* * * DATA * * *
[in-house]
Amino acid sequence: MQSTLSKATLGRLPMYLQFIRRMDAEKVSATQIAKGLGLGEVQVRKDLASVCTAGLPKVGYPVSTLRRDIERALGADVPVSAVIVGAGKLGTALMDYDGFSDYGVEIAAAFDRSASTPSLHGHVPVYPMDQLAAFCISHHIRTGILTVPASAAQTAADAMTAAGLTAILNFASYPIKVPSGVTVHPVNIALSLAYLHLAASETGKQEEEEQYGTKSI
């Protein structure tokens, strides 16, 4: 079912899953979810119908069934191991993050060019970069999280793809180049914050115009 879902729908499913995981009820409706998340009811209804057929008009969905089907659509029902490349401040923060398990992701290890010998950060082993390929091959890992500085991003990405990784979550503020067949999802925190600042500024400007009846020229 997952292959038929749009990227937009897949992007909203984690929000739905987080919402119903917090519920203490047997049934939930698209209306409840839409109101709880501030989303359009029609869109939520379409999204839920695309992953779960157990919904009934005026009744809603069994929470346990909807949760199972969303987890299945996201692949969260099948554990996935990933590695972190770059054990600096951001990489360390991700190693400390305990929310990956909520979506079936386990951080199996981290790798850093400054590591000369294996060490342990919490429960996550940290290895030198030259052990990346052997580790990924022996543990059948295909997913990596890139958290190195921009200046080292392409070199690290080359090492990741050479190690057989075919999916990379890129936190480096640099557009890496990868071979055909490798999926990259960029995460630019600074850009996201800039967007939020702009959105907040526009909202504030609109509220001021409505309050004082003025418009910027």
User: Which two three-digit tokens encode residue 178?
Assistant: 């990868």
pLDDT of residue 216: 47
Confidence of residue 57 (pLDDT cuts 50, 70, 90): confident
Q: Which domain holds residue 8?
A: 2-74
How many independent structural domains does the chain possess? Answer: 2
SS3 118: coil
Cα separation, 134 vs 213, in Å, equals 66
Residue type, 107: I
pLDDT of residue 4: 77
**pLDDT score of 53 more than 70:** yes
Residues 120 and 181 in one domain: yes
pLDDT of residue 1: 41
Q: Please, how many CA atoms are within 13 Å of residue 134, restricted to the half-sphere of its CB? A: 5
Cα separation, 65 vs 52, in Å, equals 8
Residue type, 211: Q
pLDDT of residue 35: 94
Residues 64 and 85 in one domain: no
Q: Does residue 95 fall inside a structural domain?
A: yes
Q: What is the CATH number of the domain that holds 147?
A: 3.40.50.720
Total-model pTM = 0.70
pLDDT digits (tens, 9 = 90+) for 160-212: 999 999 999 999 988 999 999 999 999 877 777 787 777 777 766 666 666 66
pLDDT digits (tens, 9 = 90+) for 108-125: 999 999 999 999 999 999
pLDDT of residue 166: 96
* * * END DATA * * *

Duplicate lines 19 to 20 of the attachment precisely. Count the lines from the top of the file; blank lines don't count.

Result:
Cα separation, 65 vs 52, in Å, equals 8
Residue type, 211: Q